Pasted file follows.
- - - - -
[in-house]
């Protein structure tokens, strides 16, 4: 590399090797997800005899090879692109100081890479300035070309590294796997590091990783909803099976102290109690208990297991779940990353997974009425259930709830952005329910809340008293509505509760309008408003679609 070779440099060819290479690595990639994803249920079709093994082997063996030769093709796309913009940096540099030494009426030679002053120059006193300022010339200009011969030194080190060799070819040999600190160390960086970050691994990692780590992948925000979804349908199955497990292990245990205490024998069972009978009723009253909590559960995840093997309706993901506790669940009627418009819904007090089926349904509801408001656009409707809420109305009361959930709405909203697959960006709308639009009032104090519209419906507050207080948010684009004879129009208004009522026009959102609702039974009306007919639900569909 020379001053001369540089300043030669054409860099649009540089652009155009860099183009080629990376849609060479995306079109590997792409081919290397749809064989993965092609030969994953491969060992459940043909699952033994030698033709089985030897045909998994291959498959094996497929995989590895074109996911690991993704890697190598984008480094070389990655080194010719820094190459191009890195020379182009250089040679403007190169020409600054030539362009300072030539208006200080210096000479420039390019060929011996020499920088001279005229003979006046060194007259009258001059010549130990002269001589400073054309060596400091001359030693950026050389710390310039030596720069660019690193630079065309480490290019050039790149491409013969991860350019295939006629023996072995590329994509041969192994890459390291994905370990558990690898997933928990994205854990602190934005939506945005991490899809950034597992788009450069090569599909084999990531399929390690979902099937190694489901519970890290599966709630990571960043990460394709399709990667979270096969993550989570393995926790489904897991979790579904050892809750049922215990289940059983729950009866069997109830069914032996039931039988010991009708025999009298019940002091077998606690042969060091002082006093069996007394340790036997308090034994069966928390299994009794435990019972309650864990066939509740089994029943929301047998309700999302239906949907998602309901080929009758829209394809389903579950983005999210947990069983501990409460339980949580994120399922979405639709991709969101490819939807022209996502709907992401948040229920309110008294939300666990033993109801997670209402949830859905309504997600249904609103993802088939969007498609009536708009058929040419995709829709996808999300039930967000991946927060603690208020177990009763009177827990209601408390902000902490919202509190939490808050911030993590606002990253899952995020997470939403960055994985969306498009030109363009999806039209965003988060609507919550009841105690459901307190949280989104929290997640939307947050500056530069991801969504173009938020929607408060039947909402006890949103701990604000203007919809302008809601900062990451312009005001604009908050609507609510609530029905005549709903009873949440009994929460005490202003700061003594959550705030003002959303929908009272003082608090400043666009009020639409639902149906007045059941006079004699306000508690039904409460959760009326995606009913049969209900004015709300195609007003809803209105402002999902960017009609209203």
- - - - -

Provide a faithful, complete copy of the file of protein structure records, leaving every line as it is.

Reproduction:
[in-house]
């Protein structure tokens, strides 16, 4: 590399090797997800005899090879692109100081890479300035070309590294796997590091990783909803099976102290109690208990297991779940990353997974009425259930709830952005329910809340008293509505509760309008408003679609 070779440099060819290479690595990639994803249920079709093994082997063996030769093709796309913009940096540099030494009426030679002053120059006193300022010339200009011969030194080190060799070819040999600190160390960086970050691994990692780590992948925000979804349908199955497990292990245990205490024998069972009978009723009253909590559960995840093997309706993901506790669940009627418009819904007090089926349904509801408001656009409707809420109305009361959930709405909203697959960006709308639009009032104090519209419906507050207080948010684009004879129009208004009522026009959102609702039974009306007919639900569909 020379001053001369540089300043030669054409860099649009540089652009155009860099183009080629990376849609060479995306079109590997792409081919290397749809064989993965092609030969994953491969060992459940043909699952033994030698033709089985030897045909998994291959498959094996497929995989590895074109996911690991993704890697190598984008480094070389990655080194010719820094190459191009890195020379182009250089040679403007190169020409600054030539362009300072030539208006200080210096000479420039390019060929011996020499920088001279005229003979006046060194007259009258001059010549130990002269001589400073054309060596400091001359030693950026050389710390310039030596720069660019690193630079065309480490290019050039790149491409013969991860350019295939006629023996072995590329994509041969192994890459390291994905370990558990690898997933928990994205854990602190934005939506945005991490899809950034597992788009450069090569599909084999990531399929390690979902099937190694489901519970890290599966709630990571960043990460394709399709990667979270096969993550989570393995926790489904897991979790579904050892809750049922215990289940059983729950009866069997109830069914032996039931039988010991009708025999009298019940002091077998606690042969060091002082006093069996007394340790036997308090034994069966928390299994009794435990019972309650864990066939509740089994029943929301047998309700999302239906949907998602309901080929009758829209394809389903579950983005999210947990069983501990409460339980949580994120399922979405639709991709969101490819939807022209996502709907992401948040229920309110008294939300666990033993109801997670209402949830859905309504997600249904609103993802088939969007498609009536708009058929040419995709829709996808999300039930967000991946927060603690208020177990009763009177827990209601408390902000902490919202509190939490808050911030993590606002990253899952995020997470939403960055994985969306498009030109363009999806039209965003988060609507919550009841105690459901307190949280989104929290997640939307947050500056530069991801969504173009938020929607408060039947909402006890949103701990604000203007919809302008809601900062990451312009005001604009908050609507609510609530029905005549709903009873949440009994929460005490202003700061003594959550705030003002959303929908009272003082608090400043666009009020639409639902149906007045059941006079004699306000508690039904409460959760009326995606009913049969209900004015709300195609007003809803209105402002999902960017009609209203």